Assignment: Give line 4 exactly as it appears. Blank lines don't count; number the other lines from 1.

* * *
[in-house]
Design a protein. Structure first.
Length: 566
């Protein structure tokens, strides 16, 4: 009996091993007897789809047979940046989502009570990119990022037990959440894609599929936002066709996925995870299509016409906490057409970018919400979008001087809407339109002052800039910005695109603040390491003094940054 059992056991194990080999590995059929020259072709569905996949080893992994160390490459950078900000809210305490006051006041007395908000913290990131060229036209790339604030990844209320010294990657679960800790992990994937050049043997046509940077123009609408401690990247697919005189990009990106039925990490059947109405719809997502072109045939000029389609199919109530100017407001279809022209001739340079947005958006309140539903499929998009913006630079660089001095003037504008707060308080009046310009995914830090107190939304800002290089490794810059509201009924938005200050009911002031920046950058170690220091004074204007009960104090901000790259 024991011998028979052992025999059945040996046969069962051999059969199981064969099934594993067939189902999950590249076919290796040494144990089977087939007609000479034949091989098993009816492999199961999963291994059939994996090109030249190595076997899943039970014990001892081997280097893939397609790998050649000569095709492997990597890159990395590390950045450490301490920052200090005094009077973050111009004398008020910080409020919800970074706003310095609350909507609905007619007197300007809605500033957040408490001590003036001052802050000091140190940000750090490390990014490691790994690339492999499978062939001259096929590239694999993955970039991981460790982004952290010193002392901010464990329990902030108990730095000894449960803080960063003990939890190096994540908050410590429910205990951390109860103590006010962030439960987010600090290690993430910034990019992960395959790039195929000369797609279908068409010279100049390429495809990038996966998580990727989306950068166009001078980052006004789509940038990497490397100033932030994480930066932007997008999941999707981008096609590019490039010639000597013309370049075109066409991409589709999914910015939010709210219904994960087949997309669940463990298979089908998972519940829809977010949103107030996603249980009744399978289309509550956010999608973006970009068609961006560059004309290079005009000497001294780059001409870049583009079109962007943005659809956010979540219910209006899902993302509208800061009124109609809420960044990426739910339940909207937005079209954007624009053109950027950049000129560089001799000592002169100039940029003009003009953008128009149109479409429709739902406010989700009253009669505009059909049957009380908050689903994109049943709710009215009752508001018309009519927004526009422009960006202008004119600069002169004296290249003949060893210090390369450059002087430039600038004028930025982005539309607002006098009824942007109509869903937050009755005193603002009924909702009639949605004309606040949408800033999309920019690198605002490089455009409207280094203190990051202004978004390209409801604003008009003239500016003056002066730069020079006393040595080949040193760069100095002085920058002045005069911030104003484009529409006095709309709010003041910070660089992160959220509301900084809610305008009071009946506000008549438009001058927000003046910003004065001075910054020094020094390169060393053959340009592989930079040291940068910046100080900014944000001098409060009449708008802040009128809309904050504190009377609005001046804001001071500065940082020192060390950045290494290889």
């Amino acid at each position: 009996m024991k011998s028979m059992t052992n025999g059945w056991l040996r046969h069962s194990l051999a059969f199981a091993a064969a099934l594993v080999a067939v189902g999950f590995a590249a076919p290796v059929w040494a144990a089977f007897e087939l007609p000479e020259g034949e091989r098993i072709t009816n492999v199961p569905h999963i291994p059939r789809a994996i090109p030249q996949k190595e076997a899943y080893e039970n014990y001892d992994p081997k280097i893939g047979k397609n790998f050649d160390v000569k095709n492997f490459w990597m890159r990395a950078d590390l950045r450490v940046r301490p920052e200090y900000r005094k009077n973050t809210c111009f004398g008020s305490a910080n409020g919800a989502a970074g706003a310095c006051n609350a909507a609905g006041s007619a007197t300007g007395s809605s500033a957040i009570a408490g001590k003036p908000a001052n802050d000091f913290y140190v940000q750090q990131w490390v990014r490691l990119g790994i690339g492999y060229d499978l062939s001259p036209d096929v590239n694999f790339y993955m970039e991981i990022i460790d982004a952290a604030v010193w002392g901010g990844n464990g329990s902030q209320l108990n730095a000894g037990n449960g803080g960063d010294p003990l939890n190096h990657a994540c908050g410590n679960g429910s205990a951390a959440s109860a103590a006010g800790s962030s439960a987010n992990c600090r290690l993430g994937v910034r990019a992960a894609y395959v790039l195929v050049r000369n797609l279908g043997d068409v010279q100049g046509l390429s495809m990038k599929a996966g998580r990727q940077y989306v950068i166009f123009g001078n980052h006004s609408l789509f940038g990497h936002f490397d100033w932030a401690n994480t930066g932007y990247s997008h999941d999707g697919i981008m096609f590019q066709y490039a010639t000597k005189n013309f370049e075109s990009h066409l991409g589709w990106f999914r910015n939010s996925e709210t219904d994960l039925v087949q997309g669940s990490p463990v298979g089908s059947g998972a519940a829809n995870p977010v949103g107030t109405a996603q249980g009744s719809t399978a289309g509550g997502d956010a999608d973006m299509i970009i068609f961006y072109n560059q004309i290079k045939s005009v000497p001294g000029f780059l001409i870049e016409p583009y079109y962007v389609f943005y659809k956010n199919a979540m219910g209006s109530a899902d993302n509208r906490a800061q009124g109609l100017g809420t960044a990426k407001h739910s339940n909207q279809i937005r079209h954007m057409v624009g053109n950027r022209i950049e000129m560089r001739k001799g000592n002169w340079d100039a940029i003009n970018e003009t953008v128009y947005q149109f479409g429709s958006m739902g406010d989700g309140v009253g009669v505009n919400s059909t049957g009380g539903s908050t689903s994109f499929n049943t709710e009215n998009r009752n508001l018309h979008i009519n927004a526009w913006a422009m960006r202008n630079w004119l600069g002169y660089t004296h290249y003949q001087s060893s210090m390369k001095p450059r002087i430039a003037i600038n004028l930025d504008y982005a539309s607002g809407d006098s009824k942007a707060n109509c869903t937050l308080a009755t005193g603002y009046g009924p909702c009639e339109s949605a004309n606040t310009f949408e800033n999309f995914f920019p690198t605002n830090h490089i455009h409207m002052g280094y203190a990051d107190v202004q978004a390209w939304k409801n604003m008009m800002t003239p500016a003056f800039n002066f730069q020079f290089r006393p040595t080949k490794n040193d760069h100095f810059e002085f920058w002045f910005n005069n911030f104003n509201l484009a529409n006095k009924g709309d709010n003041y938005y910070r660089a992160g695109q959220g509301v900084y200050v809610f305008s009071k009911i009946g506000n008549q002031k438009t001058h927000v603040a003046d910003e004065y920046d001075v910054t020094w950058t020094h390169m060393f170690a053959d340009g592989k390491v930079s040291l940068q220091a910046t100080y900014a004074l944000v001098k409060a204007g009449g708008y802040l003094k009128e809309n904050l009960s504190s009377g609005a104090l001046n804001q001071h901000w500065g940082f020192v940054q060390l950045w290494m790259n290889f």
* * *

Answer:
């Protein structure tokens, strides 16, 4: 009996091993007897789809047979940046989502009570990119990022037990959440894609599929936002066709996925995870299509016409906490057409970018919400979008001087809407339109002052800039910005695109603040390491003094940054 059992056991194990080999590995059929020259072709569905996949080893992994160390490459950078900000809210305490006051006041007395908000913290990131060229036209790339604030990844209320010294990657679960800790992990994937050049043997046509940077123009609408401690990247697919005189990009990106039925990490059947109405719809997502072109045939000029389609199919109530100017407001279809022209001739340079947005958006309140539903499929998009913006630079660089001095003037504008707060308080009046310009995914830090107190939304800002290089490794810059509201009924938005200050009911002031920046950058170690220091004074204007009960104090901000790259 024991011998028979052992025999059945040996046969069962051999059969199981064969099934594993067939189902999950590249076919290796040494144990089977087939007609000479034949091989098993009816492999199961999963291994059939994996090109030249190595076997899943039970014990001892081997280097893939397609790998050649000569095709492997990597890159990395590390950045450490301490920052200090005094009077973050111009004398008020910080409020919800970074706003310095609350909507609905007619007197300007809605500033957040408490001590003036001052802050000091140190940000750090490390990014490691790994690339492999499978062939001259096929590239694999993955970039991981460790982004952290010193002392901010464990329990902030108990730095000894449960803080960063003990939890190096994540908050410590429910205990951390109860103590006010962030439960987010600090290690993430910034990019992960395959790039195929000369797609279908068409010279100049390429495809990038996966998580990727989306950068166009001078980052006004789509940038990497490397100033932030994480930066932007997008999941999707981008096609590019490039010639000597013309370049075109066409991409589709999914910015939010709210219904994960087949997309669940463990298979089908998972519940829809977010949103107030996603249980009744399978289309509550956010999608973006970009068609961006560059004309290079005009000497001294780059001409870049583009079109962007943005659809956010979540219910209006899902993302509208800061009124109609809420960044990426739910339940909207937005079209954007624009053109950027950049000129560089001799000592002169100039940029003009003009953008128009149109479409429709739902406010989700009253009669505009059909049957009380908050689903994109049943709710009215009752508001018309009519927004526009422009960006202008004119600069002169004296290249003949060893210090390369450059002087430039600038004028930025982005539309607002006098009824942007109509869903937050009755005193603002009924909702009639949605004309606040949408800033999309920019690198605002490089455009409207280094203190990051202004978004390209409801604003008009003239500016003056002066730069020079006393040595080949040193760069100095002085920058002045005069911030104003484009529409006095709309709010003041910070660089992160959220509301900084809610305008009071009946506000008549438009001058927000003046910003004065001075910054020094020094390169060393053959340009592989930079040291940068910046100080900014944000001098409060009449708008802040009128809309904050504190009377609005001046804001001071500065940082020192060390950045290494290889």